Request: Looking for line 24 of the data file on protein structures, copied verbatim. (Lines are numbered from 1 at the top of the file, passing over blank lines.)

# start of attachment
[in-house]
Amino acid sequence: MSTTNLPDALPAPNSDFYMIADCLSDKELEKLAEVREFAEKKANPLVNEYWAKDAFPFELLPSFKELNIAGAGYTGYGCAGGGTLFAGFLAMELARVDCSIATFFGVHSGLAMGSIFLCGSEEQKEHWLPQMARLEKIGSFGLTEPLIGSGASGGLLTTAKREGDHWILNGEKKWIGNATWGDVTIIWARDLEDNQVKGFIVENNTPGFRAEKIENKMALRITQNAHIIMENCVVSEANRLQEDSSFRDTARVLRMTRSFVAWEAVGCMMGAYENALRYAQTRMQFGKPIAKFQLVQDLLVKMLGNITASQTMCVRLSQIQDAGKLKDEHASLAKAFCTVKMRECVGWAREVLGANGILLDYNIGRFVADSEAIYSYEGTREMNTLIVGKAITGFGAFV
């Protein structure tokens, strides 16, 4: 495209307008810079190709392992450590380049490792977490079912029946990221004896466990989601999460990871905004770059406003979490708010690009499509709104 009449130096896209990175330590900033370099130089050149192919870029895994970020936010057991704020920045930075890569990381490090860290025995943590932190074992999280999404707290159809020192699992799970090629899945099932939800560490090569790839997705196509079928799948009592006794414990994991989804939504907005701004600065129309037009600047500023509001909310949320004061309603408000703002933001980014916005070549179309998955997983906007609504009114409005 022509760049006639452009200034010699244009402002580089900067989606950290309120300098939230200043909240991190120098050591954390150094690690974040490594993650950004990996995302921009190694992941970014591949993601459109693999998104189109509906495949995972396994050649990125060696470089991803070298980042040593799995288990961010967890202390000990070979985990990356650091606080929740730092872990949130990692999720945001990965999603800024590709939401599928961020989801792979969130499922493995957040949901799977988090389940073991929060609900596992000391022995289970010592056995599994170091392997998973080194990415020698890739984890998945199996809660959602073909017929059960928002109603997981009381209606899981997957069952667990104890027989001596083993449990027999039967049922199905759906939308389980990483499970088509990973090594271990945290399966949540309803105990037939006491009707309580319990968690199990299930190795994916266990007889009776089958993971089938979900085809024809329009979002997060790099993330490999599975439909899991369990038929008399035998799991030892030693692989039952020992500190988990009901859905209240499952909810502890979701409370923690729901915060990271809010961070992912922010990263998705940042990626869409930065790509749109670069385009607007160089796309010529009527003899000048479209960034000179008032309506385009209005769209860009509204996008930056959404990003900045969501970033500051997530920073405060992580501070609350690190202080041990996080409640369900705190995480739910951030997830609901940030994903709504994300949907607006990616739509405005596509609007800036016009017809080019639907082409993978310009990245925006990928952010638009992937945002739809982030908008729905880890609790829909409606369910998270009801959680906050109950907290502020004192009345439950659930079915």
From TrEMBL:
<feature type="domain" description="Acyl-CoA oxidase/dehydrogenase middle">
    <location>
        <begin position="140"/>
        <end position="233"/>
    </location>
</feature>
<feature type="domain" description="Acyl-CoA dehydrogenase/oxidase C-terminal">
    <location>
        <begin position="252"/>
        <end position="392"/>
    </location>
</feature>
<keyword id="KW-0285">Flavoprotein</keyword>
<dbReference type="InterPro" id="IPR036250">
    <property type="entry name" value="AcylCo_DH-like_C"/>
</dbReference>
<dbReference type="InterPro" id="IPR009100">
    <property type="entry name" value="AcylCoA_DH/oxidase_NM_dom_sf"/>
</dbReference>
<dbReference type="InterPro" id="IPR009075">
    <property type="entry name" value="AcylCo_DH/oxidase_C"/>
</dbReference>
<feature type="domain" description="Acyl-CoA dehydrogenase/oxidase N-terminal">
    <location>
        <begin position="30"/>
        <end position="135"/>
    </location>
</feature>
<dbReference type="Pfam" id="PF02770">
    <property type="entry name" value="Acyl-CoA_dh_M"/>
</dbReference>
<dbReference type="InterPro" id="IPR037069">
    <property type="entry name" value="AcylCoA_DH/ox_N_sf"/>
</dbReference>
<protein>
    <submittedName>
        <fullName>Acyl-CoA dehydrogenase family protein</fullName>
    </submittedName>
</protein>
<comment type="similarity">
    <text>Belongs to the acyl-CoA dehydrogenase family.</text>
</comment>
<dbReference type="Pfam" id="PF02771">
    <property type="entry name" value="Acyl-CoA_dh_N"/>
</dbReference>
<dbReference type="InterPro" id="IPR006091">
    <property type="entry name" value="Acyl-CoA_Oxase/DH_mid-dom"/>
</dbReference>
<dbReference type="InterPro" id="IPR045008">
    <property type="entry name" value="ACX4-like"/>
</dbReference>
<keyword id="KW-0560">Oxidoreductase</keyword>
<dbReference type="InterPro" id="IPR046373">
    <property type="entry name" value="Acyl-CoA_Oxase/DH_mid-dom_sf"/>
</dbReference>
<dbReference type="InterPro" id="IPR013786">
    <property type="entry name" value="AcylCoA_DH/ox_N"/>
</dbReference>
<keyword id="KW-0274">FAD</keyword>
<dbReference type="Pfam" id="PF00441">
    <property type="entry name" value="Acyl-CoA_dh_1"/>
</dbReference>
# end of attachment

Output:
<dbReference type="InterPro" id="IPR009075">